This dedicated app offers Facebook users a feed focusing solely on pictures. It lets you upload or download a bunch of images at a time, super fast, and at much higher resolution than the conventional Facebook app allowed. You can then scroll down a single feed to see all your friends' photos, even if they're coming from different apps.
While the media focused on the new Wi-Fi hotspot roaming agreement announced this week at The Cable Show, there was lots more innovation popping up at the Boston trade event - new platforms, apps and services. And in panel discussions, chief technology officers from Comcast and Time Warner kept pushing the message of change and innovation to deal with the evolving needs/tastes of customers and the strategies of rivals.
Comcast's Slant: "I think the whole world's moving faster," said Comcast Chief Technology Officer Tony Werner in his comments to the cable community. "We have to step it up," citing Comcast's new forays into Skype on TV, home security and energy management and monitoring, plus its new X1 cloud-based Internet Protocol video platform. "We'll see which ones have stickiness," he said.
Rolling out soon in Boston and coming to "5 to 10 more markets" by year's end, X1 looks even spiffier than its prototype predecessor, Xcalibur, which Comcast showed me last year. While offering users the chance to multi-task - simultaneously watching a TV show while also checking out news headlines, ball scores, weather and messages from Facebook and Twitter friends - the screen never looks too cluttered. The graphic layout is very clean, with an easy-on the-eyes typeface, charcoal-toned backdrops and just tasteful splashes of color. Comcast also seems to have fine tuned/narrowed the X1 search engine, so it looks for stars, movies, directors etc. within the mega-company's own universe of content already recorded on the DVR, available on demand or coming up soon in the program guide listings. I'd previously been told it "could" also locate content from sites like YouTube, though that option seems to have been eliminated in Comcast's new (Apple-like) walled gatden content approach.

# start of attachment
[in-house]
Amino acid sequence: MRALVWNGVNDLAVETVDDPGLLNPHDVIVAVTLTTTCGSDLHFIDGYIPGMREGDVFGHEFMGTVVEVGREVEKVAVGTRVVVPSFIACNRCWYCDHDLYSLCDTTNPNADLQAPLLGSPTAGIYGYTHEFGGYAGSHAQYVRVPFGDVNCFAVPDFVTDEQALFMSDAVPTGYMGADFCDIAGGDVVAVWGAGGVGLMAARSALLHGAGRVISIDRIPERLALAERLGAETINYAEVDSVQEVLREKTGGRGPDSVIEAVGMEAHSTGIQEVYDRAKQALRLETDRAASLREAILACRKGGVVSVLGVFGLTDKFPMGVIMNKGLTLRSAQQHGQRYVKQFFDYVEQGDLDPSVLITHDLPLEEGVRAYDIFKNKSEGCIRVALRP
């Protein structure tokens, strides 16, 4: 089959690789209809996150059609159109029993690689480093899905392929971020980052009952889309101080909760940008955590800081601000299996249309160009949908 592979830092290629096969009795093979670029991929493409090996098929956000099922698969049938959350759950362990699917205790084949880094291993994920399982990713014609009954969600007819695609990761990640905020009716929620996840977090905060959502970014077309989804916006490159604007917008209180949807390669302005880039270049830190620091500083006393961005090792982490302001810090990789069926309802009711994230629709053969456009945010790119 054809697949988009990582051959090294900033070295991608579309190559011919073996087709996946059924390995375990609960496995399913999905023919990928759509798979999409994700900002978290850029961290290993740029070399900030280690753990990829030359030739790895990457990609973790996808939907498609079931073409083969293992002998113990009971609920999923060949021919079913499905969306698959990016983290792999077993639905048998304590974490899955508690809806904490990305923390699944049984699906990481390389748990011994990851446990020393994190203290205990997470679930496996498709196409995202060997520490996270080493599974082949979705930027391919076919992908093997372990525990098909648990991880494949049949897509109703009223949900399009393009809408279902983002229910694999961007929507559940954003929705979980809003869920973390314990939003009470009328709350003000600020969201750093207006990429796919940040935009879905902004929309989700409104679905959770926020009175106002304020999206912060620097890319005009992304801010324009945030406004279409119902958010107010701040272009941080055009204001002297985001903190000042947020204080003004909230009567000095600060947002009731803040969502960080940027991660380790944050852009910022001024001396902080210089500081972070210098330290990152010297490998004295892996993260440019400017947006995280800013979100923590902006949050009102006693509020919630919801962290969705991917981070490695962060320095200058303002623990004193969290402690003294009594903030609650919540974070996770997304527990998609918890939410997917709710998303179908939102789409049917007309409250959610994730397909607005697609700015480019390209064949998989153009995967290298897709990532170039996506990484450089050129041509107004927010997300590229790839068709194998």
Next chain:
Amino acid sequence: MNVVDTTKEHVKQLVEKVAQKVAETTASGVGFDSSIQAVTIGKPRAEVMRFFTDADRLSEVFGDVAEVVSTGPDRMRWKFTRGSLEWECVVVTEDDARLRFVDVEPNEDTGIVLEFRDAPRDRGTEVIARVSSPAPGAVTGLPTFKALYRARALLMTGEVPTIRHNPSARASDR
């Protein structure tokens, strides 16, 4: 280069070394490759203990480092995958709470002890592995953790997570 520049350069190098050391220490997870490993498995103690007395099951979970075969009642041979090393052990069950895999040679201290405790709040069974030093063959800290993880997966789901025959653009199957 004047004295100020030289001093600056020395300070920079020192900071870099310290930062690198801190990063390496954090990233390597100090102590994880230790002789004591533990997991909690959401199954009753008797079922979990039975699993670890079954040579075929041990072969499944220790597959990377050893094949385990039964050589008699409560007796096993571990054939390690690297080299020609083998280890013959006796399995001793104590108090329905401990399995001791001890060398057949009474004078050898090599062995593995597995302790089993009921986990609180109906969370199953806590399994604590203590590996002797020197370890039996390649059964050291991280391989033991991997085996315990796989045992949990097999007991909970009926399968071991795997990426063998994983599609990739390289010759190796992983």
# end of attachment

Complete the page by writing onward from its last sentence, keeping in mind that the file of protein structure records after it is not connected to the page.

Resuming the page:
We should all hit the pause button for a second for Eugene Polley, a tech innovator often called the czar of zapping, father of the couch potato and first beach boy of channel surfing.
Polley, who died of natural causes on Sunday at age 96, was best known as the inventor of the first wireless remote control for television, during his long stint working for Zenith Radio Corporation (now called Zenith Electronics and a subsidary of LG Electronics).
His brainstorm was a space age styled zap gun that sent light signals to four photo cells placed in the corners of the TV screen. "A flash of magic light across the room (no wires, no cords) turns the set on, off or changes channels . . . and you remain in your easy chair," touted an advertisement for the device, a feature of Zenith sets from 1956 forward priced at $149.95 and up.
If you travel, your high speed Internet account may have just gotten more useful. This morning, five major cable companies - Bright House Networks, Cablevision, Comcast, Cox Communications and Time Warner Cable - announced a joint partnership to enable free access to local WiFi hotspots for customers of any participating provider.
To simplify access, a new unifying network brand "CableWifi" has been created for subscribers to identify on signage at available locations, sending the message "This hotspot's for you." At first, they'll sign on with the same credentials used on home turf. In a few months, users will be able to have their devices auto-connect to the internet whenever they're located in a "CableWiFi" zone, for free e-mailing, photo sharing, web searches, gaming, etc.
The system actually expands on a 2010 WiFi sharing agreement between Comcast, Cablevision and Time Warner Cable that covered Philadelphia, New Jersey, New York City, Long Island and Connecticut. The hotspot sharing will now grow to more than 50,000 locations with added service areas of Bright House Networks and Cox Communications.